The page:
President Nursultan Nazarbayev of Kazakhstan has signed a decree that substantially enhances his powers, the president’s legal adviser Igor Rogov said yesterday. The decree makes the Kazakh president the only authority who can initiate constitutional amendments, denying parliamentary deputies that right. It also allows the president to appoint and dismiss ministers without the consent of parliament; to dismiss the government in its entirety and suspend or invalidate governmental decisions; to dissolve parliament and call regular or anticipated parliamentary elections; and to call referenda at his discretion. According to Rogov, the decree also gives the president the right to appoint and dismiss the chairman and two members of the Constitutional Court, recommend to the upper house of parliament his nominees for the Supreme Court, and to appoint and dismiss the chairman of the national bank. The president now also has the power to appoint administrative heads of Kazakh regions and cities. (15)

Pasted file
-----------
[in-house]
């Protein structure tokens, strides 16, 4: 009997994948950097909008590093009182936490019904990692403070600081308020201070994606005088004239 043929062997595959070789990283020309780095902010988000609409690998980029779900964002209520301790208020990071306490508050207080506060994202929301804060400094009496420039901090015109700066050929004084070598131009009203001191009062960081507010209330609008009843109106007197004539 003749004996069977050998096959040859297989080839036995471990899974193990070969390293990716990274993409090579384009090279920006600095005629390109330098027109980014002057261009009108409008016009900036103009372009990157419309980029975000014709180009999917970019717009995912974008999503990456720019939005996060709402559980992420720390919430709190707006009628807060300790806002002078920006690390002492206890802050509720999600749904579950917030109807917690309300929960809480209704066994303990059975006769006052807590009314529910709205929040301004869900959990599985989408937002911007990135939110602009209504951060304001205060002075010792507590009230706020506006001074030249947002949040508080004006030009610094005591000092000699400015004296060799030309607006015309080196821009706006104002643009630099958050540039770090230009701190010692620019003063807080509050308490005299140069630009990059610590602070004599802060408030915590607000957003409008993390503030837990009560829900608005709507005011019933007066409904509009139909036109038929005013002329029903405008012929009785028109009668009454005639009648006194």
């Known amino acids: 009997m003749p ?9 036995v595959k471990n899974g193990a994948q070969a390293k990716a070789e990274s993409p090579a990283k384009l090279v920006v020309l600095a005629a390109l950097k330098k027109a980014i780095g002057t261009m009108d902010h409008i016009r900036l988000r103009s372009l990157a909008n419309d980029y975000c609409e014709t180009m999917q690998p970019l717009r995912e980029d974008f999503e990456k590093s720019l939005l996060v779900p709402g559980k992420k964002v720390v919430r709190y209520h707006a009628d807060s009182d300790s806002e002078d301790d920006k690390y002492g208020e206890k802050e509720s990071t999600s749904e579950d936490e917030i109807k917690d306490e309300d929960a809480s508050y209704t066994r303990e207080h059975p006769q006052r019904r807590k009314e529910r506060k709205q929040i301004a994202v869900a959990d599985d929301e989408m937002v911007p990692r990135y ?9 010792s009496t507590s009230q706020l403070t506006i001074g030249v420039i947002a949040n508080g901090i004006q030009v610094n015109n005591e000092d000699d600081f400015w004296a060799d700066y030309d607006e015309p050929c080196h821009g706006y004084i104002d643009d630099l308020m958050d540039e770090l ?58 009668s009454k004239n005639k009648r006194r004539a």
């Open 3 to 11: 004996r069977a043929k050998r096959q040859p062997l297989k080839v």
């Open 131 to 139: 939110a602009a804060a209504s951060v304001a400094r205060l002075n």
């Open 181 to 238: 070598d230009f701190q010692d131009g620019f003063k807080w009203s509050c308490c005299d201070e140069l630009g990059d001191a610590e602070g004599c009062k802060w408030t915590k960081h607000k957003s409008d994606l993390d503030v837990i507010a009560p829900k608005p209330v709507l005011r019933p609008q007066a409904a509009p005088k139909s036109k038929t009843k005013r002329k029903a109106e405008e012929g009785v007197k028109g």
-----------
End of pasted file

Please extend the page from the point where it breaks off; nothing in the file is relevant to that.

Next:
Nazarbayev has been using three arguments to justify the expansion of his powers: democratic, pragmatic, and cultural. The first argument asserts that the 1995 referenda, which extended his term of office and adopted a new Kazakh constitution, gave Nazarbayev a popular mandate to establish presidential rule. The second holds that strong presidential rule is the most effective way to promote reform unencumbered by resistance from backward-looking forces or special interests. The third asserts that Central Asian countries lack the tradition and political culture of parliamentarism.
Uzbek Harvest: Cotton Down, Grain Up.